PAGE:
Texas Children’s Pavilion for Women earns Baby Friendly Hospital designation
Texas Children’s Pavilion for Women recently received the Baby Friendly Hospital (BFH) designation – an impressive milestone that demonstrates the value of teamwork and our nurses’ commitment to educating and supporting new mothers on the benefits of breastfeeding.
Launched by the World Health Organization and the United Nations Children’s Fund in 1991, the BFH Initiative encourages and recognizes hospitals and birthing centers that offer an optimal level of care for infant feeding and mother/baby bonding. Baby Friendly USA awards the designation to birthing hospitals that successfully implement the Ten Steps to Successful Breastfeeding.
“While achieving the baby friendly hospital designation was a lengthy four-phase process,” said Women’s Support Services Director Nancy Hurst, “this designation means that we are providing the highest level of care related to breastfeeding education, instruction and support for our patients.”
To meet the rigorous criteria for the BFH designation, the Pavilion for Women implemented numerous breastfeeding practices to ensure our nurses, obstetricians, and pediatricians are well trained to teach mothers how to breastfeed and maintain lactation, even when separated from their infants, which can occur when babies are confined in the neonatal intensive care unit (NICU) for long-term care. Implementing these evidence-based practices required tremendous teamwork between and among departments and staff.
“We collaborated with leaders and staff from all areas of the Pavilion for Women including OB and Maternal Fetal Medicine clinics, labor and delivery, mother-baby units, perioperative services and women’s specialty unit,” Hurst said. “We also educated environmental services, volunteer services and other ancillary areas on what BHF is and what it means for our patients.”
Several evidence-based breastfeeding practices initiated at the Pavilion for Women include:
• Helping mothers breastfeed within one hour of birth
• Teaching mothers to respond to their infant’s early feeding cues rather than schedule feedings
• Encouraging “rooming in” so mothers and infants can stay together 24 hours a day
• Implementing immediate skin-to-skin contact between mother and baby following delivery
• Standardizing prenatal education to educate women about the benefits of breastfeeding
• Providing 20 hours of didactic and skills-based education and instruction to all nursing staff caring for mothers and babies at the Pavilion for Women
• Feeding infants only breast milk and providing mothers with resources for lactation support prior to leaving the hospital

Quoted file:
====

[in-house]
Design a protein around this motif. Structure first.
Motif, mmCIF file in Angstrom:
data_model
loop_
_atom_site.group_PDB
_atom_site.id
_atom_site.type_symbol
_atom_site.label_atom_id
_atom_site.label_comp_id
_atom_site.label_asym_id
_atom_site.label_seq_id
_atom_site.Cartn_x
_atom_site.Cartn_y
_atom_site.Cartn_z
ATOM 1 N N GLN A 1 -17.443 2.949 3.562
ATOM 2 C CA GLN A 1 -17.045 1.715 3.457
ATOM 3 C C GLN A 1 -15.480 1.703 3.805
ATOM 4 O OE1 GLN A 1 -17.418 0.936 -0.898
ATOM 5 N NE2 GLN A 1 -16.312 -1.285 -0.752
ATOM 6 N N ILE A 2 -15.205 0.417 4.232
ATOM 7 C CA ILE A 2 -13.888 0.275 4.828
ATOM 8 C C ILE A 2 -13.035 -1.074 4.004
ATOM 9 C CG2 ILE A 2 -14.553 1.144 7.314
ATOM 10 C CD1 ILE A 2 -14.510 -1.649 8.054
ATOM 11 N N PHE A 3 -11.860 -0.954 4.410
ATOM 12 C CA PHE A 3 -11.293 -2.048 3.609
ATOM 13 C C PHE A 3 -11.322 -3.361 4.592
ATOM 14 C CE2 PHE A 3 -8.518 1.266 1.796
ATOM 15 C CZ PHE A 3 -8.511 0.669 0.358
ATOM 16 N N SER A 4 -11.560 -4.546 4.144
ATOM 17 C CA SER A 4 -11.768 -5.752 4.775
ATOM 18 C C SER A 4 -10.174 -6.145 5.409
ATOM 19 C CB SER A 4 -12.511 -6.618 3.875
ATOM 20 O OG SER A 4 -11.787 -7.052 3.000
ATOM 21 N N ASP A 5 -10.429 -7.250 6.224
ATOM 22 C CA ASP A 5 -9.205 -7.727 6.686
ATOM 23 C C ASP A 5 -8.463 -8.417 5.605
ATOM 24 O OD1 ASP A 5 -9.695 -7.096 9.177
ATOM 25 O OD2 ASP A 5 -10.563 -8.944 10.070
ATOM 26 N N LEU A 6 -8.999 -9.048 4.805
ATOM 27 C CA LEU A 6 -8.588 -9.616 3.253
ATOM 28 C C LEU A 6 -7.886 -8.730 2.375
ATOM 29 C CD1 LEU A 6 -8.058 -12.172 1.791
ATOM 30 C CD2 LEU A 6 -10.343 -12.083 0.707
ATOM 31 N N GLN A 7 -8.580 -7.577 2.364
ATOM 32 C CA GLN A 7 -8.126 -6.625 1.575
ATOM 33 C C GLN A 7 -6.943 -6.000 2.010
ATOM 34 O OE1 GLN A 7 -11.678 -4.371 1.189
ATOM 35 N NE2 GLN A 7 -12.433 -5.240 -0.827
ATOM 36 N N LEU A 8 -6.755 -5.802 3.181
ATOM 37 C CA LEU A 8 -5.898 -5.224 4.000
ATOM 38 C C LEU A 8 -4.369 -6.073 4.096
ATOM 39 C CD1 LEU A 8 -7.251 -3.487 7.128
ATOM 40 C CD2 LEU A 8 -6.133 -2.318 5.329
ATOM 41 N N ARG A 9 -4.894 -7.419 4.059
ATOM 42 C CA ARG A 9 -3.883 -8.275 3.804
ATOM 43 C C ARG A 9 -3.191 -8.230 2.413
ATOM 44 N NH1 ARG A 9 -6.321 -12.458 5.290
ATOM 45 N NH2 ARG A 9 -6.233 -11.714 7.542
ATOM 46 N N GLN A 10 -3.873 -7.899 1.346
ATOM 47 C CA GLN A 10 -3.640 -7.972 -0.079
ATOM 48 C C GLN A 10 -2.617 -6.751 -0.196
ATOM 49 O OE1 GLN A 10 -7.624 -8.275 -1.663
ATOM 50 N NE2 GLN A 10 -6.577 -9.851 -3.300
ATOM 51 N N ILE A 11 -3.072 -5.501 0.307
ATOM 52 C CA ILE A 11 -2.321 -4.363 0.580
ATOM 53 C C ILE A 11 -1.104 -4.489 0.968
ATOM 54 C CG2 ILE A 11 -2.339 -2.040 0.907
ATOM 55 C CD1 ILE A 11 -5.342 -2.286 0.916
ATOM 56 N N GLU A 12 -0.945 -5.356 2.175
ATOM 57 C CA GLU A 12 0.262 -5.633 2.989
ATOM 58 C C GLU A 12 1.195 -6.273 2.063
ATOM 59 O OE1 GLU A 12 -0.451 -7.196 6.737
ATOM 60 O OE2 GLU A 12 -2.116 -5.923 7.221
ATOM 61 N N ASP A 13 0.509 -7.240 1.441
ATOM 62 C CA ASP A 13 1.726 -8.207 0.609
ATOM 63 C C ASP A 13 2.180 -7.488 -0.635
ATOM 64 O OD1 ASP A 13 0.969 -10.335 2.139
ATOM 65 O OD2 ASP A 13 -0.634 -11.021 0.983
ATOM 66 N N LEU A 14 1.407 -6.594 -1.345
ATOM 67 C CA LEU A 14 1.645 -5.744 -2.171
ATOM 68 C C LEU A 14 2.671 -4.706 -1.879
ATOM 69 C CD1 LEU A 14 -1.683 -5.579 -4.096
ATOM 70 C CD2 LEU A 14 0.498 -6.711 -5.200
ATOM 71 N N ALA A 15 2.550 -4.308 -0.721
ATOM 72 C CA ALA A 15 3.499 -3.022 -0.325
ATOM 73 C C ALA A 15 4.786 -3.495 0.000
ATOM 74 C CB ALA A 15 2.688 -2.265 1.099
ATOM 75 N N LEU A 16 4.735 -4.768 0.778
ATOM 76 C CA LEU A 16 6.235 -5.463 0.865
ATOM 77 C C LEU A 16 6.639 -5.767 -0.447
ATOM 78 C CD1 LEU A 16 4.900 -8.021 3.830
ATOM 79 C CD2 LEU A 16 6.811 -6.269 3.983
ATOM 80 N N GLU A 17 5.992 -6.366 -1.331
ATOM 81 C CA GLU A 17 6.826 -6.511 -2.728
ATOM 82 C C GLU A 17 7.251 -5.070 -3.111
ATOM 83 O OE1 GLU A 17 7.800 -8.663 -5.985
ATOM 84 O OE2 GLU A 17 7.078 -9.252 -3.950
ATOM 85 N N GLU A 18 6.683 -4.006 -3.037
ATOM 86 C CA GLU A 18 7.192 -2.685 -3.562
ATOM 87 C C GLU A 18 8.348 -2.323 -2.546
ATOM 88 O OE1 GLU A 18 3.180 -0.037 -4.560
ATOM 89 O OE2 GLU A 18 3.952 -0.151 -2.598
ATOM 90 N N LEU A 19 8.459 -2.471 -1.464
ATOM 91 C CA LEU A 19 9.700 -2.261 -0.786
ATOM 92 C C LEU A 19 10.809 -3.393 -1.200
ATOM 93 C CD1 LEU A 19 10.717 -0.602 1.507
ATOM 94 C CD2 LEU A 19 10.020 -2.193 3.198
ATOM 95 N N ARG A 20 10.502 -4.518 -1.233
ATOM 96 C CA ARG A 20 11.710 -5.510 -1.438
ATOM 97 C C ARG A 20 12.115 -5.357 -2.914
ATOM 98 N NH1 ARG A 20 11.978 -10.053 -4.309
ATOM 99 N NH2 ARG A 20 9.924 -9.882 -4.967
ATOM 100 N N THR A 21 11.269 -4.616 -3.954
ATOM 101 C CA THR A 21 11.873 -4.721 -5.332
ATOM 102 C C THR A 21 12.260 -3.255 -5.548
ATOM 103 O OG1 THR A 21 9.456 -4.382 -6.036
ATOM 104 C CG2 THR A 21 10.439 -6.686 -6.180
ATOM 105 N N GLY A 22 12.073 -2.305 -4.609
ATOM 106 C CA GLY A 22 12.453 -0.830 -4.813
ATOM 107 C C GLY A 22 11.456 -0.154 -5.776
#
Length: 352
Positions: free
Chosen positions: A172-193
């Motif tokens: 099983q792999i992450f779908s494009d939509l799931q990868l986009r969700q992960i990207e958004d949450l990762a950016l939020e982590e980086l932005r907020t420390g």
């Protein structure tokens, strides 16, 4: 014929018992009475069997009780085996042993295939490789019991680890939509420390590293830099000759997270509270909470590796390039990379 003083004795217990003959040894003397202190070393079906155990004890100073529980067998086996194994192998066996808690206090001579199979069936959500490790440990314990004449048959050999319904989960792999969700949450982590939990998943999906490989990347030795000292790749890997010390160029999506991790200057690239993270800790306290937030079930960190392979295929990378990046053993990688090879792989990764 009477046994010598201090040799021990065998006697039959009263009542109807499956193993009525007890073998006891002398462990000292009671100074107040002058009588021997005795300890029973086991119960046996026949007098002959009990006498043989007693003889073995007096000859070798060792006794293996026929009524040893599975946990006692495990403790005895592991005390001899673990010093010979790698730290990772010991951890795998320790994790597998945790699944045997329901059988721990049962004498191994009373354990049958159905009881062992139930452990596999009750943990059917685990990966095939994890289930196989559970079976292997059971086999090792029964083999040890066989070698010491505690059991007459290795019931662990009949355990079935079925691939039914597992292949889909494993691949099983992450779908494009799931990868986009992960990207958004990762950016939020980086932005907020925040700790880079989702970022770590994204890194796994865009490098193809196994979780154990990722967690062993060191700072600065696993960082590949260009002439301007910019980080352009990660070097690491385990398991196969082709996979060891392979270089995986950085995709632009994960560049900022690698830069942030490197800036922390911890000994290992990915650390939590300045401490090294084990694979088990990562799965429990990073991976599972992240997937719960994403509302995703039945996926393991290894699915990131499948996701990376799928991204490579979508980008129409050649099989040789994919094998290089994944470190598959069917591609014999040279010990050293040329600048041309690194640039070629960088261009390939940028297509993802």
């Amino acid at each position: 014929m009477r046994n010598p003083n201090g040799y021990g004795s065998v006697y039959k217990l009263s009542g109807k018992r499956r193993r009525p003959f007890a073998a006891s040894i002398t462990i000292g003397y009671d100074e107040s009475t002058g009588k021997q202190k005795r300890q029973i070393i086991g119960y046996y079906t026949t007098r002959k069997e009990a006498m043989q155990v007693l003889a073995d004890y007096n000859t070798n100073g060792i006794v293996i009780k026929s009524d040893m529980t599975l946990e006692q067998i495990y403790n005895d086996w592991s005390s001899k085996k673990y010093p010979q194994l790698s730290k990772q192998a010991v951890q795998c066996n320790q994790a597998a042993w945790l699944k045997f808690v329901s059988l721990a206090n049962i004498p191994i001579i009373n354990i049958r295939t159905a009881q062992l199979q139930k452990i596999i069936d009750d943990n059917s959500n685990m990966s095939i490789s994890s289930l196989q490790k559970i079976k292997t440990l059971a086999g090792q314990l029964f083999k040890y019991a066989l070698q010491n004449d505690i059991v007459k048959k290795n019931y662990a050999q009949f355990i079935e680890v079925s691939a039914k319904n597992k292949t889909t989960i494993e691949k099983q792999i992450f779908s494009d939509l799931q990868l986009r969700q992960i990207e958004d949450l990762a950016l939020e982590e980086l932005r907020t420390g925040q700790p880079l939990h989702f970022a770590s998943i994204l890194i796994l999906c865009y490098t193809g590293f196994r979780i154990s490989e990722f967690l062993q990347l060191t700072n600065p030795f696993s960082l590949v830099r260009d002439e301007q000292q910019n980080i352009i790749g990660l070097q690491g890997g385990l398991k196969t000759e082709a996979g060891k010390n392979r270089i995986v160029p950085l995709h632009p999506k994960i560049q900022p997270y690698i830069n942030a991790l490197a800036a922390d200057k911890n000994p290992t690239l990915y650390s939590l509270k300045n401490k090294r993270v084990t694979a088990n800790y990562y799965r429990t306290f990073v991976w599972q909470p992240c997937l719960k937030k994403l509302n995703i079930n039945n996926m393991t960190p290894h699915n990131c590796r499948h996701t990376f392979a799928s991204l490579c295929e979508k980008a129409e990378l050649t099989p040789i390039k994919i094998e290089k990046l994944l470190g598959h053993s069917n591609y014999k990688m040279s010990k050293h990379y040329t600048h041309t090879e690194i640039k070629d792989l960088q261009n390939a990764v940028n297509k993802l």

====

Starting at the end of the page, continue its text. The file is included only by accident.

• Promoting Breastfeeding Champions Program to inspire nurses to become role models for other nurses by reminding them why it is important to encourage women to breastfeed
“New mothers often times do not succeed in breastfeeding because there are no systems in place to support them,” said Prenatal Education Program Manager Anne Wright. “Since 88 percent of the mothers who deliver at the Pavilion for Women want to breastfeed, it’s important that we implement and sustain practices that ensure their success.”
After giving birth to two sets of twins at the Pavilion for Women, Elizabeth Shackouls recalls how incredibly supportive the nursing staff was in helping her overcome certain breastfeeding challenges after both of her pregnancies.
“The nurses helped me figure out latch issues and when I became discouraged, they assured me things would be easier with time and supported me through every feeding,” Shackouls said. “Even long after I was discharged, I continued to seek the nursing team’s advice on various issues and always felt like they were there for me no matter what. The renowned nursing staff and the exceptional care they provide patients are instrumental in setting Texas Children’s apart from other hospitals.”
Nurse Girija Babu, who is also a breastfeeding champion in her group, described the journey toward BFH designation as an “incredible” experience.
“By achieving this milestone, we’re ensuring our nursing mothers receive the support they need during and after their hospital stay,” Babu said. “We are also grateful to our OB providers and anesthesia team for their continuous support in making sure newborns are placed skin to skin on the mother’s chest soon after birth.”